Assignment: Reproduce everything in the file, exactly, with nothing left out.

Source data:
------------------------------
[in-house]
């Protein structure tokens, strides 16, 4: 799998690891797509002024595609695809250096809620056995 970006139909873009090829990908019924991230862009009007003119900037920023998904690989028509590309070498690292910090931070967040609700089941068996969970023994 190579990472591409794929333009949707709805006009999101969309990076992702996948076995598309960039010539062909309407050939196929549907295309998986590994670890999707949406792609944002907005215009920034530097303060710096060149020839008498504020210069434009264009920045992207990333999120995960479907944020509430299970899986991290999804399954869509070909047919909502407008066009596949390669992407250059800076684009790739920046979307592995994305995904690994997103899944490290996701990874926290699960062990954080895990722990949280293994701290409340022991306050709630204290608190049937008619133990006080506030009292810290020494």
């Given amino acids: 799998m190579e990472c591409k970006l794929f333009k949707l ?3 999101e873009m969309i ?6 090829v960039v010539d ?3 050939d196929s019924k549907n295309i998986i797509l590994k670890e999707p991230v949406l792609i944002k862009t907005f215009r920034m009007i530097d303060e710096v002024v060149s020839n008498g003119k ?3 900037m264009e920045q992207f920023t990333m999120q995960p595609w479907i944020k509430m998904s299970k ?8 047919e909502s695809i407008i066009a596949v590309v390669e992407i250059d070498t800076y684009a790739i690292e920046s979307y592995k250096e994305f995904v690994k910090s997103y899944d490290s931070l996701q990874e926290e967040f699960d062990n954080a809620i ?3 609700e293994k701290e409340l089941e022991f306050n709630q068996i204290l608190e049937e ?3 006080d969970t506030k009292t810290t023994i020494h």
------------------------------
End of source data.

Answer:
[in-house]
């Protein structure tokens, strides 16, 4: 799998690891797509002024595609695809250096809620056995 970006139909873009090829990908019924991230862009009007003119900037920023998904690989028509590309070498690292910090931070967040609700089941068996969970023994 190579990472591409794929333009949707709805006009999101969309990076992702996948076995598309960039010539062909309407050939196929549907295309998986590994670890999707949406792609944002907005215009920034530097303060710096060149020839008498504020210069434009264009920045992207990333999120995960479907944020509430299970899986991290999804399954869509070909047919909502407008066009596949390669992407250059800076684009790739920046979307592995994305995904690994997103899944490290996701990874926290699960062990954080895990722990949280293994701290409340022991306050709630204290608190049937008619133990006080506030009292810290020494």
């Given amino acids: 799998m190579e990472c591409k970006l794929f333009k949707l ?3 999101e873009m969309i ?6 090829v960039v010539d ?3 050939d196929s019924k549907n295309i998986i797509l590994k670890e999707p991230v949406l792609i944002k862009t907005f215009r920034m009007i530097d303060e710096v002024v060149s020839n008498g003119k ?3 900037m264009e920045q992207f920023t990333m999120q995960p595609w479907i944020k509430m998904s299970k ?8 047919e909502s695809i407008i066009a596949v590309v390669e992407i250059d070498t800076y684009a790739i690292e920046s979307y592995k250096e994305f995904v690994k910090s997103y899944d490290s931070l996701q990874e926290e967040f699960d062990n954080a809620i ?3 609700e293994k701290e409340l089941e022991f306050n709630q068996i204290l608190e049937e ?3 006080d969970t506030k009292t810290t023994i020494h």